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Fire in the Hole: Bethel Potters Crank Up Their Kiln



Sunday, July 19, 2015
Bethel — Nathan and Becca Webb’s pottery business revolves around the enormous wood-fired kiln they built on their Bethel property.

Shaped something like an igloo, the structure is sheathed in homemade adobe and made of various types of “fire bricks,” designed to withstand the kiln’s corrosive environment, reflect the heat or insulate.

It can hold about half a year’s worth of the couple’s work, and firing it is a highly anticipated, if time-consuming, process.

One cycle of filling, firing and unloading the kiln takes four or five weeks. It’s heated slowly to prevent the pottery from cracking and ensure a sufficient accumulation of ash, which acts as a glaze. Bringing it up to temperature is an intense four-day affair requiring round-the-clock monitoring. And the Webbs, owners of Two Potters and the parents of a toddler, can’t do it alone.

Working in shifts, the couple, family members and friends stoke the kiln, ensuring the temperatures rise evenly in its chambers, eventually reaching 2,200 degrees. The Webbs’ most recent firing, which wrapped up earlier this month, drew a small crowd eager to help.

On the final, most demanding day, Becca Webb brought lunch to the crew and sat down with daughter Zoe to eat.

“It’s been a fun week. It’s part of why we do this,” she said. “Wood kilns just build a community.”

Most of the “guest stokers” are potters who trade firing space in the kiln in exchange for their time. Breaks between feeding the flames or monitoring the kiln’s various ports found them discussing the complexities of glazing and firing pottery.

Nathan Webb, who oversees the firings, took some chemistry classes as a pre-med student in college, before changing his major to art. But during his years as a potter he’s dug deep into the science and its applications for ceramics.

He helped her tweak her process when they first met, said Becca Webb, who was using a gas kiln at the time. “He’s got such a great sense of firing.”

Potters use “pyrometric” devices, such as clay rings or cones, to gauge what’s happening inside a kiln. On the final afternoon of the firing, when Nathan pulled a ceramic ring from the kiln, everyone gathered around.

“Oh, that’s beautiful,” said Patty Goodman, one of several potters helping out that day.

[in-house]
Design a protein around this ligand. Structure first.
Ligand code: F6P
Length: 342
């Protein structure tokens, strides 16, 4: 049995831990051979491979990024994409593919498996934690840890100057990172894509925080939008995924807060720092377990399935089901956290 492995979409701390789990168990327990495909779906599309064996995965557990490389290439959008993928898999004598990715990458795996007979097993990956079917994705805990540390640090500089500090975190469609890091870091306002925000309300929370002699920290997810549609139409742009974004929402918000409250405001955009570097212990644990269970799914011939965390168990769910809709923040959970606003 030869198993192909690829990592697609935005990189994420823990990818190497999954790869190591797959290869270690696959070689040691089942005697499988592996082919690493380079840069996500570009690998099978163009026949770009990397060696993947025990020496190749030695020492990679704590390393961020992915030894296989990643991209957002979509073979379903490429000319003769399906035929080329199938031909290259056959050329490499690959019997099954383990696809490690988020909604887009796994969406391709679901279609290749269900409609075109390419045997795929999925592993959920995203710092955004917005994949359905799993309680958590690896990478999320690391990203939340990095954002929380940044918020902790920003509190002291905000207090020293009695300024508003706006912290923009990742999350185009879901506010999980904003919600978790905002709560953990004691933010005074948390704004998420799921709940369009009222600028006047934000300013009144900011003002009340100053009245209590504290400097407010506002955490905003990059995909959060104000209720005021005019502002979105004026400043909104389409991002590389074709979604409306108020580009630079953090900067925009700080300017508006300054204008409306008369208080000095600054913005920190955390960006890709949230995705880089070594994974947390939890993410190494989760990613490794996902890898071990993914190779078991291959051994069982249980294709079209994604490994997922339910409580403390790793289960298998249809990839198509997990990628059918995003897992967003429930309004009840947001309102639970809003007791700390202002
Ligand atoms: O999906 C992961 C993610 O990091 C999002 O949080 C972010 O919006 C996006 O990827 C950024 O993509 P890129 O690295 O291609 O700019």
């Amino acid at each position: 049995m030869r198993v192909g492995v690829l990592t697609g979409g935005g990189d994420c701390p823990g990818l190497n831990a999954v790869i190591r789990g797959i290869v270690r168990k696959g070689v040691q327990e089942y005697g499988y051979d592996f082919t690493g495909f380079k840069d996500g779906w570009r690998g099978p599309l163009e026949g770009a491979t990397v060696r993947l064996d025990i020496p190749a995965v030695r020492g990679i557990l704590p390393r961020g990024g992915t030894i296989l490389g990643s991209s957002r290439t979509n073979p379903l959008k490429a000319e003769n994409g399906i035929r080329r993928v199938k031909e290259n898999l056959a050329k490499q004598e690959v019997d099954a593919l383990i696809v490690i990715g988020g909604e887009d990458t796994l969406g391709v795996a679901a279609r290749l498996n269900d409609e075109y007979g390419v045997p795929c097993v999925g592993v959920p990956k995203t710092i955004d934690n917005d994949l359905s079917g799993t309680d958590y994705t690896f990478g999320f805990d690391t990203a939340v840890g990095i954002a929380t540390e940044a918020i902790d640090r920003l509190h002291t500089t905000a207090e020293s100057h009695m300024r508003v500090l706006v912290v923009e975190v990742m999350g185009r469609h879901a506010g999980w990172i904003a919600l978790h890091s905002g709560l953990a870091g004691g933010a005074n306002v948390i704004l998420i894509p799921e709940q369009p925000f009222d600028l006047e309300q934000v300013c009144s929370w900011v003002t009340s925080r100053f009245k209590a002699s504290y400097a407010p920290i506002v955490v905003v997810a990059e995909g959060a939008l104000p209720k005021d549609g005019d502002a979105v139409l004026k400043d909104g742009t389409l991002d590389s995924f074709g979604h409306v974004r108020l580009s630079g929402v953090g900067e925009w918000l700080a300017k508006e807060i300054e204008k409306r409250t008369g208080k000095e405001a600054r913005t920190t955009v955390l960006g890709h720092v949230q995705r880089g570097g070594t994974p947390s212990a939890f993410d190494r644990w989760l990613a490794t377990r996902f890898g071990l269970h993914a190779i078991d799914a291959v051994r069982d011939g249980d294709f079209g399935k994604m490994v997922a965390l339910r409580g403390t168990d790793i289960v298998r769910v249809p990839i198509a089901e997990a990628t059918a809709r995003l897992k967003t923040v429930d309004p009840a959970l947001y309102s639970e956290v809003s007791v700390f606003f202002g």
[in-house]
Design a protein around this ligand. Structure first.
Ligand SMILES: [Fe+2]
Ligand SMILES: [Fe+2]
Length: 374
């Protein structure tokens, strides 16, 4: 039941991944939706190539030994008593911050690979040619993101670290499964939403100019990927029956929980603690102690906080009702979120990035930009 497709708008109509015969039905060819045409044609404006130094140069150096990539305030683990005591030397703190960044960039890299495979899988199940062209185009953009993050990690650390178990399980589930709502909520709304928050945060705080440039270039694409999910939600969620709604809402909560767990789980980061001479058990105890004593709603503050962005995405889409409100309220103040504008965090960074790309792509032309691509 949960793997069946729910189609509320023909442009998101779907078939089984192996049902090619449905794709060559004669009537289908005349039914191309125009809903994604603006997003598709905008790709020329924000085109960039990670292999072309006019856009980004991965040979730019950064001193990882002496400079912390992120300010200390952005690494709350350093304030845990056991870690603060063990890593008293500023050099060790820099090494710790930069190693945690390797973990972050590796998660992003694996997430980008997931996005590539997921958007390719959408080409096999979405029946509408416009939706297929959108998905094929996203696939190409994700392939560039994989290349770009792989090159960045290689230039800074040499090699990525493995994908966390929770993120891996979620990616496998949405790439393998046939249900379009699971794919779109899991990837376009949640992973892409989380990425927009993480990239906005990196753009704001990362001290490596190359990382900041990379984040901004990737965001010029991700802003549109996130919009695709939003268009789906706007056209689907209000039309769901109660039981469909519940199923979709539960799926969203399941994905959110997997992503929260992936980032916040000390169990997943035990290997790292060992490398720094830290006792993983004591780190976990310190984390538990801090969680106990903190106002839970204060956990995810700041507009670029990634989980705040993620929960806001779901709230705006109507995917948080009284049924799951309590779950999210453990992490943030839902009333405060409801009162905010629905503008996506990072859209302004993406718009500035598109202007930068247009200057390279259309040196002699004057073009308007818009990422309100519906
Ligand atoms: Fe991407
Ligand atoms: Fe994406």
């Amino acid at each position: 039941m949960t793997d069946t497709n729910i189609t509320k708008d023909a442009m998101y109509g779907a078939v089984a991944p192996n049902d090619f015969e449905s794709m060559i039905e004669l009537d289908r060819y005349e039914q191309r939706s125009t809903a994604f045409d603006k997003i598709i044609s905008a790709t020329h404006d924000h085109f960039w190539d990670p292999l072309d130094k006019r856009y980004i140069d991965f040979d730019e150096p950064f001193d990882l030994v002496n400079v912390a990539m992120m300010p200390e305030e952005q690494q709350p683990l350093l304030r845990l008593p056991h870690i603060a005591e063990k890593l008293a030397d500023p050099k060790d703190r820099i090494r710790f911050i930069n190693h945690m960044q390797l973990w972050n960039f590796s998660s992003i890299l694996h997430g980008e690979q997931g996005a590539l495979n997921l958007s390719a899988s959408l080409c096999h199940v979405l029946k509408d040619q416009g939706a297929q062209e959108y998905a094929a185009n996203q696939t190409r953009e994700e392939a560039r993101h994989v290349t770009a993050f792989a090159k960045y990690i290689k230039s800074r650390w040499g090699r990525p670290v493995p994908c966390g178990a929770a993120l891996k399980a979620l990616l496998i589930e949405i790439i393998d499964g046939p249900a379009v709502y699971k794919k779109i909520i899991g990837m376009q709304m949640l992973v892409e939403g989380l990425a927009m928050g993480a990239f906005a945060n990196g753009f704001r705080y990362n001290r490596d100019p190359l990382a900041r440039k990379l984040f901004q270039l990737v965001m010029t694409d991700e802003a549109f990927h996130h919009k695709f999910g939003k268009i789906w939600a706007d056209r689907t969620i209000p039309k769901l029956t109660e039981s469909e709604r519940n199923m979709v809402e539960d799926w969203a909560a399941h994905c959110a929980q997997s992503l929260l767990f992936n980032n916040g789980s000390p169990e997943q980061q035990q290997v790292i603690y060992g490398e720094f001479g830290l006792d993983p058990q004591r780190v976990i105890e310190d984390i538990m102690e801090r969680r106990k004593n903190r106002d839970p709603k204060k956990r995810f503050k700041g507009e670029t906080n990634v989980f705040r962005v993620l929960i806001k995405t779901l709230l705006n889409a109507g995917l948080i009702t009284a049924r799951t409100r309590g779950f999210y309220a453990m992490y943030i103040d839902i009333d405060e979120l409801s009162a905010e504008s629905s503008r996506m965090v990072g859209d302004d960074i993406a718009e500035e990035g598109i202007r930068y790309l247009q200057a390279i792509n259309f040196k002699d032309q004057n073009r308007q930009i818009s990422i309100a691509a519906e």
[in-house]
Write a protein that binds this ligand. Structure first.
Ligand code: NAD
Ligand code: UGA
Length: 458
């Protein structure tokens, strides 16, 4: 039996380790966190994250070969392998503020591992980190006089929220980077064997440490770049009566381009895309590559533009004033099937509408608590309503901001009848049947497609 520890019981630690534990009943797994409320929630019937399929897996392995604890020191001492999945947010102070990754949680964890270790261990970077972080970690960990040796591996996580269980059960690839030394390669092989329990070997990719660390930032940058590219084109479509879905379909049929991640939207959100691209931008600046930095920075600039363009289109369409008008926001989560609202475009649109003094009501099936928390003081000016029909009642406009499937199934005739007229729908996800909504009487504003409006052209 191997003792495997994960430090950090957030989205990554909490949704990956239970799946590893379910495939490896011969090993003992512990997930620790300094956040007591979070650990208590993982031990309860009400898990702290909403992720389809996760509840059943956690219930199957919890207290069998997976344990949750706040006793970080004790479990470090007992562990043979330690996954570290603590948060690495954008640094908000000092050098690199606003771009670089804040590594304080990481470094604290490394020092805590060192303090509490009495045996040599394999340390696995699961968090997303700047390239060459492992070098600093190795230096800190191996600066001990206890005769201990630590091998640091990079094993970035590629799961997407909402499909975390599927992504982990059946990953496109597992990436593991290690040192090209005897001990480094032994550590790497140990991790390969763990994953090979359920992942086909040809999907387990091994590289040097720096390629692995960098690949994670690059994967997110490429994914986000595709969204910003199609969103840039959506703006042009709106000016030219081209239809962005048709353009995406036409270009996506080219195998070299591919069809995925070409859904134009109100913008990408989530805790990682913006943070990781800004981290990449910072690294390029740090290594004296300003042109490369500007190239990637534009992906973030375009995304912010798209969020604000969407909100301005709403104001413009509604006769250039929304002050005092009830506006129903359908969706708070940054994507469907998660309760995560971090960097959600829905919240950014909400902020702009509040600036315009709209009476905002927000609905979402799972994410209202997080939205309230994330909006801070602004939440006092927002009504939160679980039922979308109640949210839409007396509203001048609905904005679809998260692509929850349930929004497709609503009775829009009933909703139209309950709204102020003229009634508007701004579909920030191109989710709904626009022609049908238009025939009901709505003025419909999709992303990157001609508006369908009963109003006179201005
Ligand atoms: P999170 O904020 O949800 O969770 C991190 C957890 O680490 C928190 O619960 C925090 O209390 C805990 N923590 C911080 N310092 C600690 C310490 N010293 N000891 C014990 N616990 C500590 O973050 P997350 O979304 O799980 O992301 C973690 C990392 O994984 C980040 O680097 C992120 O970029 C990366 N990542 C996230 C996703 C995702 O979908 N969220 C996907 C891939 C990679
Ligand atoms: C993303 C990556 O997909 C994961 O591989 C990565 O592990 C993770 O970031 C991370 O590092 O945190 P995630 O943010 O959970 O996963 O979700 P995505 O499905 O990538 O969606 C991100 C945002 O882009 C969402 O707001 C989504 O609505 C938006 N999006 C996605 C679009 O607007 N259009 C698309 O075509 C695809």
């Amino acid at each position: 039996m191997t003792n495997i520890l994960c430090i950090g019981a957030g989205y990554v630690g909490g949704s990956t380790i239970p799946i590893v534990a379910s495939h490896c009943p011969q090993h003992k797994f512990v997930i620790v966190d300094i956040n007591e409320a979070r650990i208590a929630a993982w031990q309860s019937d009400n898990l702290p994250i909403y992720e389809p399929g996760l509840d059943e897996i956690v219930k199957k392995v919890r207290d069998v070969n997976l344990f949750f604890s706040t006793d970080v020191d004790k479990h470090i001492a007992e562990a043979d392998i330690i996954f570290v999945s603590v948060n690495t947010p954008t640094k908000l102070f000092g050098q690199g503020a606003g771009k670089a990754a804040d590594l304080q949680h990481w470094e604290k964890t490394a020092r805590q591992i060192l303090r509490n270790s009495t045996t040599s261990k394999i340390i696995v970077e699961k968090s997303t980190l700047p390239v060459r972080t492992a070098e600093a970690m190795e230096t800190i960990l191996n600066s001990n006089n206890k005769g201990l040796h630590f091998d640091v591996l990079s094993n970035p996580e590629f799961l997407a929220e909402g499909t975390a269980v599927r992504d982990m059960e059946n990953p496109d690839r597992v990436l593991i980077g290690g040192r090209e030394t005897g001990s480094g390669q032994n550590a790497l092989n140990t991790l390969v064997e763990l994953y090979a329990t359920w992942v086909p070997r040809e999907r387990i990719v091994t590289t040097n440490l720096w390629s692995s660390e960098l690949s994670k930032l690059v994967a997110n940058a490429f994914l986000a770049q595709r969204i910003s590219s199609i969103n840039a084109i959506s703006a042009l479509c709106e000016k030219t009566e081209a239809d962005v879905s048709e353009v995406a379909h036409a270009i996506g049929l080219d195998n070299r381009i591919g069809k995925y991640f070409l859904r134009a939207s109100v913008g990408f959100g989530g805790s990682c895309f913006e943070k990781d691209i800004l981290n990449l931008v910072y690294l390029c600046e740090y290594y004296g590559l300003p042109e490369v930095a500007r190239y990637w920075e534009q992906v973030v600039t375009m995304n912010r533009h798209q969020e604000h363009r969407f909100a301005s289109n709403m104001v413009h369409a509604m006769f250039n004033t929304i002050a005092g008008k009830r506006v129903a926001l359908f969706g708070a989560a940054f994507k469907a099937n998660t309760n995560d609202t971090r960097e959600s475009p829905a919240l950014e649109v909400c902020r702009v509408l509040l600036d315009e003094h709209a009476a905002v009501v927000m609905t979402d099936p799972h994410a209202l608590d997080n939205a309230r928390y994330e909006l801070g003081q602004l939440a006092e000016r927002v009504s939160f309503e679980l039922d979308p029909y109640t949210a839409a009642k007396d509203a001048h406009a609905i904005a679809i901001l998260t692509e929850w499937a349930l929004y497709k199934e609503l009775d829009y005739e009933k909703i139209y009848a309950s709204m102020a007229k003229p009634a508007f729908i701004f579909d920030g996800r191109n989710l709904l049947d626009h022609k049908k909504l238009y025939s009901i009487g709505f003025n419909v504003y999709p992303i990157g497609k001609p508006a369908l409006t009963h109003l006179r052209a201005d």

Webb peered closely at the ring.

“Green ash glaze, that’s what I want to see,” he said, holding it up. “It’s looking really good.”

The kiln is also cooled slowly, again to reduce the risk of cracks in the pottery. A side benefit is that glass can develop crystals, creating a more varied surface with a little more depth, Nathan Webb said.

But it’s not until the kiln is unloaded that the effects are revealed.

Now in her 60s, guest stoker Holly Walker has been working with various kinds of kilns since she was very young. Yet, to this day, lifting the lid is still “a thrill.”

Even if the results are disappointing, she always learns something, which “kind of fuels the next round,” the Randolph resident said. “What amazes me is it captivates you for a lifetime.”

For the Webbs, unloading happens a week after the firing ends — they don’t enter the kiln until the temperature inside has fallen to 80 degrees.

While they sometimes experiment with different glazes and designs, their most recent firing was more targeted, more of a “business firing,” he said. The couple, state-juried members of the League of New Hampshire Craftsmen, sell their wares online, in their studio, and at farmers markets and craft fairs. With show dates looming, they’d focused on bestsellers, such as fermentation crocks and butter keepers.

“We got what we needed,” Webb said, taking a break from packing up their trailer for a craft fair. “It looks good. It’s what we expected. We’re on target.”



Aimee Caruso can be reached at acaruso@vnews.com or 603-727-3210